On 9 August, 2013, The NY Times shared the story of Kip Jacob’s church in Portland, Oregon and the amazing partnership they’ve had with Roosevelt High School. Help from Evangelicals (Without Evangelizing) The Times called it. The initial paragraph reads:

PORTLAND, Ore. — Four summers ago, on her first day as an administrator at Roosevelt High School here, Charlene Williams heard that the Christians were coming. Some members of an evangelical church were supposed to be painting hallways, repairing bleachers, that sort of thing. The prospect of such help, in the fervently liberal and secular microclimate of Portland, did not exactly fill her with joy.

Following is a  6:31 minute sizzle reel of the documentary made about the project. filmed an interview with Kip Jacobs, pastor at SouthLake Church, about this project.  Click here to watch the story of what happens when a mostly white, affluent suburban church shows up at the doorsteps of an urban high school with a desire to work together. Through his experience, Jacob challenges churches to get involved with their neighbourhood schools and invest in their renewal.

After watching these videos, I followed the link on to a follow-up story. In this clip, The presenter interviews two friends, Tom Krattenmaker, who is a regular contributor to USA Today, and Kevin Palau, president of the Luis Palau Association, as they discuss how God is moving in Portland, what dynamics are at play that movements in other cities might resemble and urge us to prepare for future cultural shifts.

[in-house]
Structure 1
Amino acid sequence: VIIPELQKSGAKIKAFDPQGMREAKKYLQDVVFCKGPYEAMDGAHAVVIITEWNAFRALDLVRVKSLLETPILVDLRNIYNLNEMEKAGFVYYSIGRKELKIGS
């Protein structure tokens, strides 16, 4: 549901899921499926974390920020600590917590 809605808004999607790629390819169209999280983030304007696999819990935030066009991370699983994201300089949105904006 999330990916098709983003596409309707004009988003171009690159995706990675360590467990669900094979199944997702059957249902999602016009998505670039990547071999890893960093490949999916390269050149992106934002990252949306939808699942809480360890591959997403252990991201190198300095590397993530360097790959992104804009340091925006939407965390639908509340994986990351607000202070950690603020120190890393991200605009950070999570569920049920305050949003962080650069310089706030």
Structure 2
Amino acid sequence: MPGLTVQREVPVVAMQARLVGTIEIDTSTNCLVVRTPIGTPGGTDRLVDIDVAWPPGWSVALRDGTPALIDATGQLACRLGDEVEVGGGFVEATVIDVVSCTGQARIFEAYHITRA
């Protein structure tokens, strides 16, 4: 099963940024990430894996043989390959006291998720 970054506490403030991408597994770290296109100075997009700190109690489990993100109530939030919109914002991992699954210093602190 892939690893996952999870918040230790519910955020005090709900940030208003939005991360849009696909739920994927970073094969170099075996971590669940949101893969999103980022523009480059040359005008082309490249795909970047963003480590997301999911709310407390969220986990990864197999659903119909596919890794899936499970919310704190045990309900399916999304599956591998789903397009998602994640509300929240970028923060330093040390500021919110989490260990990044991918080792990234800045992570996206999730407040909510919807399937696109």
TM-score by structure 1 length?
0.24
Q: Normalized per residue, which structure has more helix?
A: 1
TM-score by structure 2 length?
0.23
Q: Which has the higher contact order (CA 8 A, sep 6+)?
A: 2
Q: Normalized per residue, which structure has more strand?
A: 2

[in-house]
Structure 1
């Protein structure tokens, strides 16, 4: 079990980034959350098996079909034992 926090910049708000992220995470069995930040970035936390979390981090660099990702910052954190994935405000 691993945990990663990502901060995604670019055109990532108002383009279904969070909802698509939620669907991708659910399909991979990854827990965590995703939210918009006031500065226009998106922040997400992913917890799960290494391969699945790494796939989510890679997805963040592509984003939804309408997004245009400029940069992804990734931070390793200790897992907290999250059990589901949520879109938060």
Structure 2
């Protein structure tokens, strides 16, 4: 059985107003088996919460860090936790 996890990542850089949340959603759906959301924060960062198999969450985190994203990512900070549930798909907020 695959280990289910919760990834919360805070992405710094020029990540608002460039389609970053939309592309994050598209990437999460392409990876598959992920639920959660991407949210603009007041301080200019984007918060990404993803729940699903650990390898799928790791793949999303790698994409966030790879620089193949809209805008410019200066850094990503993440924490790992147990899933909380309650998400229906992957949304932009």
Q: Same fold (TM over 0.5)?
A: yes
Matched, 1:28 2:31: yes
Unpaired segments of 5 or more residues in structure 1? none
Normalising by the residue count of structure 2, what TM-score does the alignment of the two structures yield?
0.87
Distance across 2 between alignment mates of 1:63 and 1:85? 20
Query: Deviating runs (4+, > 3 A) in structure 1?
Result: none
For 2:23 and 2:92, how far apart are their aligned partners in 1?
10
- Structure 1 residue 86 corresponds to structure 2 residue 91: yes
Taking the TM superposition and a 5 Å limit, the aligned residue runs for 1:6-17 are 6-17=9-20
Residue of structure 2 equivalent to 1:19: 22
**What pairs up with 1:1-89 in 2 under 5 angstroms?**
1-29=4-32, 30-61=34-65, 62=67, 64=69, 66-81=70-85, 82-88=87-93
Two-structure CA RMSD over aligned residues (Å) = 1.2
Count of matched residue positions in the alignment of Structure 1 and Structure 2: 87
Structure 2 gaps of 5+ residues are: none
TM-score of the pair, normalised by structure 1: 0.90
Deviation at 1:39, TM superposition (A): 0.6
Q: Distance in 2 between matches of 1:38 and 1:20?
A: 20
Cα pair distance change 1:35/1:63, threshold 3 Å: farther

Other videos about this particular project in Portland can be found on the BeUndivided YouTube channel. Their website, which is full of resources and ideas, can be accessed here.

What do you think? Is it better than prayer in schools? What can we take from this and apply to our culture, here in Aotearoa?

Please leave your thoughts and comments below and share this link with others. Challenge your Christian friends to think about what role they can take while living in a secular society. We look forward to the discussions!



Gayann and her husband, Stephen, have provided web design and email communication support to NZCN since 2006. She has home schooled their two children for the past nine years, but was ‘made redundant’ at the start of 2013. Since then, she has taken a more active role with NZCN.

Last week, we posted an essay by EAUK’s Danny Webster titled One Way Christians Can Respond to Secularism. In his essay, Danny described how the churches of Southampton partnered with local government when the council asked for their help. Fantastic.